Posts Tagged ‘technology’

australia's corporate blindspots

australia’s corporate blindspots

Inspiring case studies about Asian market penetration, leadership in technology and global excellence in sustainability programs, show what Australia is capable of. However, across the ASX 200 and beyond, we tend to lag in some game-changing areas. While it’s risky to generalise, I believe that corporate Australia tends to underestimate three important strategic themes:

  1. Fully understanding the impact of China on a number of fronts – as it shifts from a low cost manufacturing base to the biggest consumer market in the world; as it moves from a user of technology to a creator of technology (2.2% of GDP in the next five year plan on R&D); and as the need for primary resources (minerals and food) continues to grow. Geoff Raby, retiring Australian Ambassador to China, said that the one thing that surprised him most about his time in Beijing, was how few CEO’s and Chairs of Australian companies paid him a visit.
  2. Treating environmental and sustainable challenges as opportunities rather than impositions. There are many ASX 200 companies with lengthy annual sustainability reports, however few demonstrate genuine belief that environmental responsibility and growing profitability are not mutually exclusive. We desperately need a mindset shift from compliance and complaint, to realism and possibility.
  3. Recognising the value of leading rather than lagging in embracing digital technology-based innovation. Although there is variation in responsiveness within the sectors, media and retail are two sectors which have been caught asleep at the wheel. Is this an age related phenomenon – as older people are in positions of responsibility? How many senior executives and directors have you heard pass off Twitter as being frivolous, rather than seeing its potential as a primary source of focused information? Yet I know many savvy over 60’s behaving like digital natives. No, it’s not age per se; it’s about mindset, openness to change and awareness.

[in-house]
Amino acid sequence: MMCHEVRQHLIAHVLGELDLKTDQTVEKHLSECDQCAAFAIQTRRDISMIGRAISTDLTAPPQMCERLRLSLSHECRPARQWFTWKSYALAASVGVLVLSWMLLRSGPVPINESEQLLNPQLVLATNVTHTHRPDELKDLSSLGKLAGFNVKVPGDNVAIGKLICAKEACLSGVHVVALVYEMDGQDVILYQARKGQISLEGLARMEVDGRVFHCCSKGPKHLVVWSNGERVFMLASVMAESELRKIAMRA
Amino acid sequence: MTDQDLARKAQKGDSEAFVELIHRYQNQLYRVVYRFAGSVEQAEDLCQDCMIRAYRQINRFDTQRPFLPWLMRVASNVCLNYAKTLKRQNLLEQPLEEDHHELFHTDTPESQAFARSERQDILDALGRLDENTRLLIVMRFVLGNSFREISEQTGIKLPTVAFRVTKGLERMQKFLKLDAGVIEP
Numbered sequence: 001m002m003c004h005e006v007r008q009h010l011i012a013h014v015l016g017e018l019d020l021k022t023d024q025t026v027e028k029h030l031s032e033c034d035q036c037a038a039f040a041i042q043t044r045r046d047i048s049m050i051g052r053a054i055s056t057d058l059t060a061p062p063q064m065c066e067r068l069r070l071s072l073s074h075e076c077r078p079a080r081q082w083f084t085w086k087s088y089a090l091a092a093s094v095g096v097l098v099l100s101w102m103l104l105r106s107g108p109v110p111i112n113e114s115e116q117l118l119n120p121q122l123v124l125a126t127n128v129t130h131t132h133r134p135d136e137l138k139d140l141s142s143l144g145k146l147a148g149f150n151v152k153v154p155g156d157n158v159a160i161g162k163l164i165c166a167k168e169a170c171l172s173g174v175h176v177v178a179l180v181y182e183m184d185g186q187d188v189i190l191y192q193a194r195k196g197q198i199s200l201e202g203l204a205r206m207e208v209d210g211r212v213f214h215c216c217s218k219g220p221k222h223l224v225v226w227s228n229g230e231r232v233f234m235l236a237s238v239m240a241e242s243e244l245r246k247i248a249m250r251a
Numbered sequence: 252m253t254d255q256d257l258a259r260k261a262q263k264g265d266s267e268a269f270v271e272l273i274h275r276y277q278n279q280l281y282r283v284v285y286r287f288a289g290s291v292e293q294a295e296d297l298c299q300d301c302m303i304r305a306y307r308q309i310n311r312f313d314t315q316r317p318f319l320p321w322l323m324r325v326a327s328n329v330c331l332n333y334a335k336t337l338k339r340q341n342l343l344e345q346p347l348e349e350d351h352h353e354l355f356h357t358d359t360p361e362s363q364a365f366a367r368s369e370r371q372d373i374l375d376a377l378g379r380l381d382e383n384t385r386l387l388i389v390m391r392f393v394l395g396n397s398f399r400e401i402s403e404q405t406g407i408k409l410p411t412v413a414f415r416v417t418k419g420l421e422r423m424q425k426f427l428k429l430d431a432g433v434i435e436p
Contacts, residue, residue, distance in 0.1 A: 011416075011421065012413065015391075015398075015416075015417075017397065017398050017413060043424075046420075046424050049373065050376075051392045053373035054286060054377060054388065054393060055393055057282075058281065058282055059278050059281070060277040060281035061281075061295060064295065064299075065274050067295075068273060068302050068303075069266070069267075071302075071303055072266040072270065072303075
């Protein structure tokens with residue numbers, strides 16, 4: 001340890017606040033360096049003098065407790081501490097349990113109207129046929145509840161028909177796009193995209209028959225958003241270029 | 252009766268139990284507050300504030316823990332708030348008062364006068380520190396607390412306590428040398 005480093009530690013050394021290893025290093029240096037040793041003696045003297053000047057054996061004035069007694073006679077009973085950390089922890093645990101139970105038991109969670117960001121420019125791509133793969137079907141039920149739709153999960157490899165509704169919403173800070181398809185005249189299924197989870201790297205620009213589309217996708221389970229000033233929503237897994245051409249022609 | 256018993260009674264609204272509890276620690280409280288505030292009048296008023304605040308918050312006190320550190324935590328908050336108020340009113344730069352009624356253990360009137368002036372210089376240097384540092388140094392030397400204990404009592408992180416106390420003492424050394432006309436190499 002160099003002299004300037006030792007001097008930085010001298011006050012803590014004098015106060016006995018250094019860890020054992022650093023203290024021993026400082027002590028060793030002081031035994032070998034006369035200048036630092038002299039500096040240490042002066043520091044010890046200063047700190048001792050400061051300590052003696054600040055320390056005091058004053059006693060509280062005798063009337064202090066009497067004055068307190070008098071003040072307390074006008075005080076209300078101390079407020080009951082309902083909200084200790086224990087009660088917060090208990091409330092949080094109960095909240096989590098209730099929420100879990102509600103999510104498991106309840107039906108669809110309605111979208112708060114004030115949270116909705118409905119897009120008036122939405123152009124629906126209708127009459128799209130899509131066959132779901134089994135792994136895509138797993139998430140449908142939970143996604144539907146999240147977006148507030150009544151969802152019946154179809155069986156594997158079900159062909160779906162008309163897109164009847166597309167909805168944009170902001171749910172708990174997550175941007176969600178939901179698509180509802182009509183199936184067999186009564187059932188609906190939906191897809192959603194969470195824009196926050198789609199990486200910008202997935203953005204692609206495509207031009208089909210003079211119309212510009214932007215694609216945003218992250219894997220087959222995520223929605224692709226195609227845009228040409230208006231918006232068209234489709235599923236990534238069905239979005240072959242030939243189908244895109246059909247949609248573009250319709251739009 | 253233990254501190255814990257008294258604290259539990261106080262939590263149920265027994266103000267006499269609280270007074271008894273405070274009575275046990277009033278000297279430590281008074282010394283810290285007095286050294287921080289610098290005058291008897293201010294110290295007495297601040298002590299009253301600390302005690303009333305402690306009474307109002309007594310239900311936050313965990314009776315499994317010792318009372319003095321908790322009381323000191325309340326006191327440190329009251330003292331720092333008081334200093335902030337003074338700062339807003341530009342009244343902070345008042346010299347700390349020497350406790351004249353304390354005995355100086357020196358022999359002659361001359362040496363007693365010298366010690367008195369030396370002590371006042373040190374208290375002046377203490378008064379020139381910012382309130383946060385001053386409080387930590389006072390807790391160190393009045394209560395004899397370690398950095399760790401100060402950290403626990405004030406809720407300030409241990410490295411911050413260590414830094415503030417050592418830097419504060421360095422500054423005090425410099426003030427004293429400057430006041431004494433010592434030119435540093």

In a global context, Australia business has performed relatively well in the last decade, supported by resources based economic growth, a sound banking and legal system and excellent corporate governance. After the GFC, some observers have suggested that this same good governance has trended towards risk aversion and consequent inertia.

As the world is turned on its head by the digital revolution, major shifts in the global economic balance, and the need to resuscitate an environmentally struggling planet, there is no room for board and executive risk aversion in these areas. While being in the “late adopter” or “laggard” group may not have threatened company survival in the past, today’s environment calls for a positioning as “early adopters” at worst, and “innovators” at best.

Peter Williams, CEO of Deloitte Digital, goes even further in suggesting that any board of directors or group of managers who are not moving fast to understand and harness changes that technology is delivering – social media, cloud computing, mobile devices and data – is abrogating its responsibility to deliver leadership and governance.

Over the next ten to twenty years, the future of Australia will be fall into three main areas – primary resources (minerals and food); the service economy, and the knowledge economy. Julian Cribb believes that by 2050, our economy could be 70% knowledge based. In China last month I saw evidence of the emerging demand for our capabilities in disciplines like urban planning, agricultural science, energy, information technology, architecture, engineering, water management and medicine. We have a long way to go to understand the scope and shape of that knowledge economy, let alone create it. The building blocks exist, but success will depend on the ability of corporate (and political) Australia to gain insights and show leadership in the three areas that we underestimate.

What can we do? CEO’s need to get on the court and play – go to China and understand the market and people. Get immersed in the new technology – as ABC CEO Mark Scott does, personally sending 140 relevant tweets a week. He knows the medium and can talk the language because he has become involved. Shift from a mindset of lobbying Government about regulation, to one of understanding which way the wind is blowing and putting up the spinnaker. Get rid of dead wood on boards – people who are reluctant to change and enjoy peer group support for their scepticism. Much focus is given to gender diversity on boards – we need some mindset diversity as well! It’s not too late but we need to act quickly.

australia's creeping inertia

australia’s creeping inertia

There are many things that fill me with pride as an Australian. There are others about which I am increasingly embarrassed. We all have long lists on both sides of that ledger. The one which disturbs me most, and which can most impact our long term prosperity, is inertia.